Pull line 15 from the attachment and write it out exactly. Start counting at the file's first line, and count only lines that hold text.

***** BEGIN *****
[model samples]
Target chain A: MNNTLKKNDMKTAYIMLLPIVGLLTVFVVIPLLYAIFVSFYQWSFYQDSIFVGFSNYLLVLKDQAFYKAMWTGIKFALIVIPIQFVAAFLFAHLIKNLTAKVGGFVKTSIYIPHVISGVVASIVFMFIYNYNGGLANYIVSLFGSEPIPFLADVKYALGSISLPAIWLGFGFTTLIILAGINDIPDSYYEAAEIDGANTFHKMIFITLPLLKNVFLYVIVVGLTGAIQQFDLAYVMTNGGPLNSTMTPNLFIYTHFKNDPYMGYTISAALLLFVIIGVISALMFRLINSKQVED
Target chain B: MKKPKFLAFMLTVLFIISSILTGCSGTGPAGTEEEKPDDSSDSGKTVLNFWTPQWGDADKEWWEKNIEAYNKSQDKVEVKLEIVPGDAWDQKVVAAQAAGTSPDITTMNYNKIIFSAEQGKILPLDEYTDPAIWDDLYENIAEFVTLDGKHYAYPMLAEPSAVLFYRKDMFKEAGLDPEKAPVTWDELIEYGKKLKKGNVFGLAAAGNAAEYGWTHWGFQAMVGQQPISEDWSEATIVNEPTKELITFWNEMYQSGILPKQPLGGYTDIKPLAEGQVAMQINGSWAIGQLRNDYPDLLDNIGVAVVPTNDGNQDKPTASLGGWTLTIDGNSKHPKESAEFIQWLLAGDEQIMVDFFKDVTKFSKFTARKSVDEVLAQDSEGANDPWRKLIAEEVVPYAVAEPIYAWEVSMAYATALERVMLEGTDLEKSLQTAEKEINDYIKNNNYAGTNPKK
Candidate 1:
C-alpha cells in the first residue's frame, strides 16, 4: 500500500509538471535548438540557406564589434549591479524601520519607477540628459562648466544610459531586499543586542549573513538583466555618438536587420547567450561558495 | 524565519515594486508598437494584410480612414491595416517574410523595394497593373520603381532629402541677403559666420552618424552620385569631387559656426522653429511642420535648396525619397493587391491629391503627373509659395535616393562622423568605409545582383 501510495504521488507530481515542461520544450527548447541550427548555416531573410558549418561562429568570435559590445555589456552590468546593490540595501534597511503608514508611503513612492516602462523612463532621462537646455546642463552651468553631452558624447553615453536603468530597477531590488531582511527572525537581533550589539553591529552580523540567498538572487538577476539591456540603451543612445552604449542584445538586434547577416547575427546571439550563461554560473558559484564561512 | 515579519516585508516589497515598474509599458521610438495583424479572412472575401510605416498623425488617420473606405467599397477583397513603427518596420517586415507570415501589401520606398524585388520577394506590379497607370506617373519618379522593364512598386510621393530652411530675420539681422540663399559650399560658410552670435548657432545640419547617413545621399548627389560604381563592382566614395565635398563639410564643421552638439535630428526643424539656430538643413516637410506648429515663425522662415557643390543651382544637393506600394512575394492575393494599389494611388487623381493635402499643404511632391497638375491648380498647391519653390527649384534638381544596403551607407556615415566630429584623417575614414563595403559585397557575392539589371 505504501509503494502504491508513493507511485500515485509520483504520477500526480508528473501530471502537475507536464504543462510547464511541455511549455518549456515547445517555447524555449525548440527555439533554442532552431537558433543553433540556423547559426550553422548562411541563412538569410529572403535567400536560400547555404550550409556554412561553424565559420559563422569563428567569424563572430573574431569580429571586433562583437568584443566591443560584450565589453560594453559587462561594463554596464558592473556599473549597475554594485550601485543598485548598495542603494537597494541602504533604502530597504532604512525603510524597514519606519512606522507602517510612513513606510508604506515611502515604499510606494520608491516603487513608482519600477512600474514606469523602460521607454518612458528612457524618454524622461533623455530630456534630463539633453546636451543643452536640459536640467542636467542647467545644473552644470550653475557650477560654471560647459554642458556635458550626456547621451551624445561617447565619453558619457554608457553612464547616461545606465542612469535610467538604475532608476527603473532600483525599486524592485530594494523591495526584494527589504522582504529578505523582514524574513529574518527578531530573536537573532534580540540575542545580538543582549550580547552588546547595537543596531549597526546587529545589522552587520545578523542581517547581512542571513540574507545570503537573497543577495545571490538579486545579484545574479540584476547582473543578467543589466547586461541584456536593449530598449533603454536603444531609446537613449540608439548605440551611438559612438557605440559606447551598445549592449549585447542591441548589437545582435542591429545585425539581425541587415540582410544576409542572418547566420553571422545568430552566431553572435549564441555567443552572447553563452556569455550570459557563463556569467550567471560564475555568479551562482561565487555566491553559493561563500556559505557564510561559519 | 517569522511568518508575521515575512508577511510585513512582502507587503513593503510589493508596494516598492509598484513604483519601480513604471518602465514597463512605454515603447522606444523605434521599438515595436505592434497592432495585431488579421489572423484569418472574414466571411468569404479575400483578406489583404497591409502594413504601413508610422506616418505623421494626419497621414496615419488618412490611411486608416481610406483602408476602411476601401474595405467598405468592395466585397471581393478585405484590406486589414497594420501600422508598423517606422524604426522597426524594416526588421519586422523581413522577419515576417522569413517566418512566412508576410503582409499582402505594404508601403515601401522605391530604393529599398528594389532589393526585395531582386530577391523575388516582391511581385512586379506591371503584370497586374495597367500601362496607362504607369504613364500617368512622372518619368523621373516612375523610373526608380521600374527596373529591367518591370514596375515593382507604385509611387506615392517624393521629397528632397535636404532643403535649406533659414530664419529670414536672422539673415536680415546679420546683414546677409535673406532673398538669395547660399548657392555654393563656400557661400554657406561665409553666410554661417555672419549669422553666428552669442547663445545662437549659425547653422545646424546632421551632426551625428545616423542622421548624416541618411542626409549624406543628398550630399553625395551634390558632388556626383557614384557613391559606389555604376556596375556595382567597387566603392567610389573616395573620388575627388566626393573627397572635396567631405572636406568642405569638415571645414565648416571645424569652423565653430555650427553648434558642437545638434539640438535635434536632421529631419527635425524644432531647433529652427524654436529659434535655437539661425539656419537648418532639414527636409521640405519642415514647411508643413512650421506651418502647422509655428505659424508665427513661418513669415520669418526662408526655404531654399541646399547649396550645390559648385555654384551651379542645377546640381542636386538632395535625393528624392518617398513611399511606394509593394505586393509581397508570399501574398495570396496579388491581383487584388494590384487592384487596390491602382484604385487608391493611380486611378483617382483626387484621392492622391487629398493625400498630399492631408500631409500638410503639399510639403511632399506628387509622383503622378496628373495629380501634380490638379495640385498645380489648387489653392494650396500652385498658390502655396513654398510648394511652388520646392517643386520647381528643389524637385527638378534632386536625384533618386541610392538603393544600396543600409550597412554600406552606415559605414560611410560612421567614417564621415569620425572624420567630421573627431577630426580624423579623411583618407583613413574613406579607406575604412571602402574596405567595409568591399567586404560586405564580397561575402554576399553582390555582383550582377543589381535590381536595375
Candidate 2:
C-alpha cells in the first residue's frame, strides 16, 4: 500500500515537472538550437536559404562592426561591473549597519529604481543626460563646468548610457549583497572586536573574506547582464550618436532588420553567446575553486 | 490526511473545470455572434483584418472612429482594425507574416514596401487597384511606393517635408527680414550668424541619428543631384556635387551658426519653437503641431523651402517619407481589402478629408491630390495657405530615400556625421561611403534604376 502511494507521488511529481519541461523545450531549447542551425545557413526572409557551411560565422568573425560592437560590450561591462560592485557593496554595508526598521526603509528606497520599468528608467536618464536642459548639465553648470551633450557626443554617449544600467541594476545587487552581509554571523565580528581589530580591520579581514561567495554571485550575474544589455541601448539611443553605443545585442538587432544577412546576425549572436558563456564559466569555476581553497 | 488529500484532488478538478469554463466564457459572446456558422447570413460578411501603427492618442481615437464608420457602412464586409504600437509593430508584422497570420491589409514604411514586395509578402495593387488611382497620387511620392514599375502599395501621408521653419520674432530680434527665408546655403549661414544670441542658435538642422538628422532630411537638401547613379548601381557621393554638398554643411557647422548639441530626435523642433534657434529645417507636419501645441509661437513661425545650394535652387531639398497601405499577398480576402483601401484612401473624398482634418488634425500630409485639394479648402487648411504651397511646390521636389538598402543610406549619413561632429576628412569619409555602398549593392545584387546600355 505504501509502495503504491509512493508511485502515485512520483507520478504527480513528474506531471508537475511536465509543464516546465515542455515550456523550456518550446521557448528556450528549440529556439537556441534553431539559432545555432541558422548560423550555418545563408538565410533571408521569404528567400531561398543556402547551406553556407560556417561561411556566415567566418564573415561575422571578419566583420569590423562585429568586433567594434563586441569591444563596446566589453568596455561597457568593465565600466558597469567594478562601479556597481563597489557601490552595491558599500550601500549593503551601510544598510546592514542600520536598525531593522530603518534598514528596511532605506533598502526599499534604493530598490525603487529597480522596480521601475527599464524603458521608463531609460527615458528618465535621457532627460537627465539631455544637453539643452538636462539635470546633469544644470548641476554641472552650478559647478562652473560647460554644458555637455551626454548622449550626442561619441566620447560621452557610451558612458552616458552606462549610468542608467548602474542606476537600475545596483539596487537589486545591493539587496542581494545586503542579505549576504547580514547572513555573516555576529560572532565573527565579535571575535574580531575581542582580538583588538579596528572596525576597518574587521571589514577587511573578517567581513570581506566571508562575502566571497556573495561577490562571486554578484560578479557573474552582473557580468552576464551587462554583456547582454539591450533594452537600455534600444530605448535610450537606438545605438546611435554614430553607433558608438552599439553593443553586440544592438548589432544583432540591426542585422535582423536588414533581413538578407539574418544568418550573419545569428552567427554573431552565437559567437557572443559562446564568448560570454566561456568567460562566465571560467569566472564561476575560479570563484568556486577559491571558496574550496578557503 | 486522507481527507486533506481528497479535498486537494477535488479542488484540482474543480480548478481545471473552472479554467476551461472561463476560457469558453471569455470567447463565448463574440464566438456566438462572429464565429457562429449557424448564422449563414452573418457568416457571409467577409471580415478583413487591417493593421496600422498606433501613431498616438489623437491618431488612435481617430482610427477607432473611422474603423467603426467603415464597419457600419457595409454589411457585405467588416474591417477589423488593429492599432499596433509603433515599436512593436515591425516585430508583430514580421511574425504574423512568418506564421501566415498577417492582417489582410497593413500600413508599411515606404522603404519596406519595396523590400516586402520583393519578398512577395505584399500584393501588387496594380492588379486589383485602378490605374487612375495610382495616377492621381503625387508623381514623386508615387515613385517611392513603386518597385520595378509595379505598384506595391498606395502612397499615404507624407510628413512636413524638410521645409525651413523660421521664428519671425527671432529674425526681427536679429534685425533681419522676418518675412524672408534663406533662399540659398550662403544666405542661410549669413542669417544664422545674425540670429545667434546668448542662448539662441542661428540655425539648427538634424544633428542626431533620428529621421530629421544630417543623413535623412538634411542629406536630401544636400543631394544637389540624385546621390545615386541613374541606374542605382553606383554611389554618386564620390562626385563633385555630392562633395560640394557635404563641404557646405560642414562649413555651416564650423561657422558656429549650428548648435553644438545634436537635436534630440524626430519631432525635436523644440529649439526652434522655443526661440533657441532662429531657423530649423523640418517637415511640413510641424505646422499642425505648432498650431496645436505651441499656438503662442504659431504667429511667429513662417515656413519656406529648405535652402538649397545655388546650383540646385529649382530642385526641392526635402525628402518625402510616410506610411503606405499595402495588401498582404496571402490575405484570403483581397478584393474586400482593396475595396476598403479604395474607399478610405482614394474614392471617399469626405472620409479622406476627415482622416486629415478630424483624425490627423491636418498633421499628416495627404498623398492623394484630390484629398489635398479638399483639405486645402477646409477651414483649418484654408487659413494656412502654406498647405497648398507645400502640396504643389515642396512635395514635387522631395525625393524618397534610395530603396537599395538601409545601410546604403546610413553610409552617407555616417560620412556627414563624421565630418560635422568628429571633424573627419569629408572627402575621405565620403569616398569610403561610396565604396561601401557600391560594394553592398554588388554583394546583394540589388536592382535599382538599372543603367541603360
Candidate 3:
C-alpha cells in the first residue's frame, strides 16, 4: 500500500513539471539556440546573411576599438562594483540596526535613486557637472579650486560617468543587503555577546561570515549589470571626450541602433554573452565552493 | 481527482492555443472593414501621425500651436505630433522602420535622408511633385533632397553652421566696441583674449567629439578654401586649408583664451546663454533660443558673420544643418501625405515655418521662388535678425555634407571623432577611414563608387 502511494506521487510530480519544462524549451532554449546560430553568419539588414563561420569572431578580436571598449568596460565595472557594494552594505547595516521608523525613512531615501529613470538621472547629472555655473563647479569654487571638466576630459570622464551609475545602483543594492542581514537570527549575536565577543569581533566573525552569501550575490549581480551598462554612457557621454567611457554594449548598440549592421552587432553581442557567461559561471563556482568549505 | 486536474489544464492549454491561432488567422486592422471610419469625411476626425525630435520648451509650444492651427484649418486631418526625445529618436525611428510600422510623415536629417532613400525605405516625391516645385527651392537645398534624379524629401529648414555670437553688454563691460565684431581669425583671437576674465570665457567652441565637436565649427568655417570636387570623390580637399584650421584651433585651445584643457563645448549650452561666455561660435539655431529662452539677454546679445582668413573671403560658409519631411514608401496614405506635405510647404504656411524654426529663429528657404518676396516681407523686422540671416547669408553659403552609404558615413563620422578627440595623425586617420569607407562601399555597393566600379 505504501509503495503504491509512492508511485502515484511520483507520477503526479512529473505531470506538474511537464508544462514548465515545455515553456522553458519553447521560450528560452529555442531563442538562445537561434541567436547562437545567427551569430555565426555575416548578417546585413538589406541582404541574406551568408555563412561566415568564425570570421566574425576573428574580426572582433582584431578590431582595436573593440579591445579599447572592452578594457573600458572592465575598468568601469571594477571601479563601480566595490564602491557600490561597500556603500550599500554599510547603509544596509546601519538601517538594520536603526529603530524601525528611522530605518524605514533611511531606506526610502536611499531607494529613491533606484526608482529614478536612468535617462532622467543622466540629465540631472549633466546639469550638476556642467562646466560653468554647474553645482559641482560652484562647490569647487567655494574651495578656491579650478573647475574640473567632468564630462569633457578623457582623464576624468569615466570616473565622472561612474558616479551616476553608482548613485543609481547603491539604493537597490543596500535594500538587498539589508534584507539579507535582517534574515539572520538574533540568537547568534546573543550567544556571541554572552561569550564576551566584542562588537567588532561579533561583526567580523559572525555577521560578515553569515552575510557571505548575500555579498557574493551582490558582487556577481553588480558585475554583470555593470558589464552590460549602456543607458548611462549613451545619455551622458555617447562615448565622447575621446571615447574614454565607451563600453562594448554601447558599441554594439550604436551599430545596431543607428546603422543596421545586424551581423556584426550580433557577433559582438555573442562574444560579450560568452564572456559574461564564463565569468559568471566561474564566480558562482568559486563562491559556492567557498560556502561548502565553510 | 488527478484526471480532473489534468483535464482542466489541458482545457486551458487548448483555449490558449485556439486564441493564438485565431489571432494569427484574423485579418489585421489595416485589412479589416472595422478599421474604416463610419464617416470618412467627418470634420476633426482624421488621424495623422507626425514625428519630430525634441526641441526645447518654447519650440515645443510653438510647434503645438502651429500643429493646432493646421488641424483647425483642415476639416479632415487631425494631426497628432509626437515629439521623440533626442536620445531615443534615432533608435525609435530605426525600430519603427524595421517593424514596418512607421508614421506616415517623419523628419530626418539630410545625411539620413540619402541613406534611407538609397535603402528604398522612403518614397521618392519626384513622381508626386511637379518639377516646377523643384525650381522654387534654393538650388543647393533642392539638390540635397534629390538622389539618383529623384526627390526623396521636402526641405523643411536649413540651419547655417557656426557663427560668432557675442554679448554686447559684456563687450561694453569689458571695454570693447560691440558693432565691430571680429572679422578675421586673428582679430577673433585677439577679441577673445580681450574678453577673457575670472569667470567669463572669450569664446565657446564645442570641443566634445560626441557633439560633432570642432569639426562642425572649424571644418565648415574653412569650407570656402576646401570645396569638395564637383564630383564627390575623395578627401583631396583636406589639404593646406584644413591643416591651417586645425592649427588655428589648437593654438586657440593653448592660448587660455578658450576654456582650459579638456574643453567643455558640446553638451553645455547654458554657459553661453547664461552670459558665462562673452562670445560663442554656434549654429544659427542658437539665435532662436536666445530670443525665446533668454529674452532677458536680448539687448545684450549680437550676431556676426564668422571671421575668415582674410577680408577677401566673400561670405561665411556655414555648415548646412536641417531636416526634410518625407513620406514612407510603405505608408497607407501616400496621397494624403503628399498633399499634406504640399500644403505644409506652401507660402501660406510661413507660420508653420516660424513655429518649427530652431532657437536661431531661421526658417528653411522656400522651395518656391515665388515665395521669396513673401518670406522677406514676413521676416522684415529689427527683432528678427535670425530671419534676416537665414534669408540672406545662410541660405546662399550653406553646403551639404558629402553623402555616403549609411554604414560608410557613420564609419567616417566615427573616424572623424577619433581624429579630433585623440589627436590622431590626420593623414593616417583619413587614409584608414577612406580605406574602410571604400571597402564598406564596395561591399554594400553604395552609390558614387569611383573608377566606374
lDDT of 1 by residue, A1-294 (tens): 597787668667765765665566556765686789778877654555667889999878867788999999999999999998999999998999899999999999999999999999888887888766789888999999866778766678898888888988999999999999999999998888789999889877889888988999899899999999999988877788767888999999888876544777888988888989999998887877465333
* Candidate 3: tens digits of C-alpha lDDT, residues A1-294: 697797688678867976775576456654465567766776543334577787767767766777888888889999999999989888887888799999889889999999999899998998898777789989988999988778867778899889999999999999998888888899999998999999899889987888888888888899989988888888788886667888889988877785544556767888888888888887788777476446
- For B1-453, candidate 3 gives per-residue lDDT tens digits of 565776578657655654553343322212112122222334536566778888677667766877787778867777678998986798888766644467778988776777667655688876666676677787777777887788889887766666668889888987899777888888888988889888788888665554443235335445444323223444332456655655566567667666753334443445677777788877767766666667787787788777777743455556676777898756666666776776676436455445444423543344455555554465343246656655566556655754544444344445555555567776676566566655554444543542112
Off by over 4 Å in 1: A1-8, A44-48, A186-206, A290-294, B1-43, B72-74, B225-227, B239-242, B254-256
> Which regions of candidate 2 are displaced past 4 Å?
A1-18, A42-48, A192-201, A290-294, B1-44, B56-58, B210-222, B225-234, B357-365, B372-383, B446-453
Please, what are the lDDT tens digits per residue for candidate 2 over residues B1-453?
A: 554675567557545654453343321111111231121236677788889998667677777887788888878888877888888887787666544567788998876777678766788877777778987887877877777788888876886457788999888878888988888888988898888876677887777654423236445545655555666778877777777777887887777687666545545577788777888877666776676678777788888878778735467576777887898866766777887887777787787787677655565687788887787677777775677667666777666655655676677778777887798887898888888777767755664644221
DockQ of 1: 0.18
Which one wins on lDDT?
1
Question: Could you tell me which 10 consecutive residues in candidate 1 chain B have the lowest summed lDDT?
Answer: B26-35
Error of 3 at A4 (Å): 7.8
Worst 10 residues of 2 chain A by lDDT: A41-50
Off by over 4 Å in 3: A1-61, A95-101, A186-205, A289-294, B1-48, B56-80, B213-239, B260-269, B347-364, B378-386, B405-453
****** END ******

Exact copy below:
A1-18, A42-48, A192-201, A290-294, B1-44, B56-58, B210-222, B225-234, B357-365, B372-383, B446-453